Commentary: Fines for airlines over tarmac delays are a win for consumers

From the better late than never file: The federal government last week imposed its first penalties ever against the airline industry for a runway delay incident. Will wonders never cease?

These nightmarish episodes, in which passengers are left stranded in an aircraft for hours on end without being allowed to leave, have been going on for years. Every new instance prompts an outcry from the public but usually produces little more than a stern tsk-tsk from airline regulators.

The industry has promised to clean up its act, but absent a penalty there has been little incentive to improve performance. This time, however, the Transportation Department fined three airlines $175,000 for leaving 47 passengers stranded in a regional jet overnight in Rochester, Minn., last August.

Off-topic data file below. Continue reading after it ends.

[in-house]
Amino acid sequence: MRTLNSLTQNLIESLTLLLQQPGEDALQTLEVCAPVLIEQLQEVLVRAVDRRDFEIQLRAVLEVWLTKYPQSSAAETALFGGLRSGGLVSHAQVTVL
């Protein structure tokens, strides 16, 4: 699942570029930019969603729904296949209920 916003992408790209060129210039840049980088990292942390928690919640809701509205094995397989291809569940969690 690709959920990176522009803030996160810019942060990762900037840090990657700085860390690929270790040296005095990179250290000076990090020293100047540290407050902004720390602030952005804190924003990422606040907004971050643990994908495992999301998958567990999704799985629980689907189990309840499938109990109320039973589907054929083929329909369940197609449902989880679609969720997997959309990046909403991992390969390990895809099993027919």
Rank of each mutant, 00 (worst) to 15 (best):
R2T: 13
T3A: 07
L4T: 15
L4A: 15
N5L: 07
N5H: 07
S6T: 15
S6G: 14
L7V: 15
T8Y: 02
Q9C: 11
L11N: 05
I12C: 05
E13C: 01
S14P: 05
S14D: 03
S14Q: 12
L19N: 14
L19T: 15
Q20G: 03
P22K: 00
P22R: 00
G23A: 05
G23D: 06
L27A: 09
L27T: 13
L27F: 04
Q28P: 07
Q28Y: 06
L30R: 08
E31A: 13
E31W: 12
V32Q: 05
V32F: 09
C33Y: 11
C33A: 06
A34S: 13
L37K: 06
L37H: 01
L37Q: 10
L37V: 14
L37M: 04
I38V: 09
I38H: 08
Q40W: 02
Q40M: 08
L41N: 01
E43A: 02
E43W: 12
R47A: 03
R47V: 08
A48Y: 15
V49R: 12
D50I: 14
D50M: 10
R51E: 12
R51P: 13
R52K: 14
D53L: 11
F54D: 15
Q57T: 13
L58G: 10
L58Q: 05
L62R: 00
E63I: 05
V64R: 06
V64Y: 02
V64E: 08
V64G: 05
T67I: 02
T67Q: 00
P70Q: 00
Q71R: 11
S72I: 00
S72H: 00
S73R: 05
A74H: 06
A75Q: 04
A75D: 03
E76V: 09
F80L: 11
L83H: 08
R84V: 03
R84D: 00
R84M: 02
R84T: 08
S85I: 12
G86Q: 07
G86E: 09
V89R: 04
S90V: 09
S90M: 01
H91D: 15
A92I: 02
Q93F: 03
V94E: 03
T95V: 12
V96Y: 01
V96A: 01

The agency said Continental Airlines and a regional affiliate had deceived passengers by failing to live up to a promise on the airline Website to let passengers exit the plane within three hours when facing an extended delay. Continental and its affiliate had the nerve to claim that such promises aren't enforceable, but they each agreed to pay $50,000 anyway.

A third airline acting as ground handler for the stranded flight, Mesaba, agreed to pay a fine of $75,000 for its role in the incident. The hapless passengers were kept on the plane from 12:30 a.m. to 6 a.m. despite pleas to be allowed to leave.

Transportation Secretary Ray LaHood called the fines "a signal to the rest of the airline industry that we expect airlines to respect the rights of air travelers." Those are encouraging words for passengers, especially at the start of the holiday travel season, but there's a better way to put an end to this outrageous behavior by airlines: enacting a national set of standards to keep this from happening again.

To read the complete editorial, visit The Miami Herald.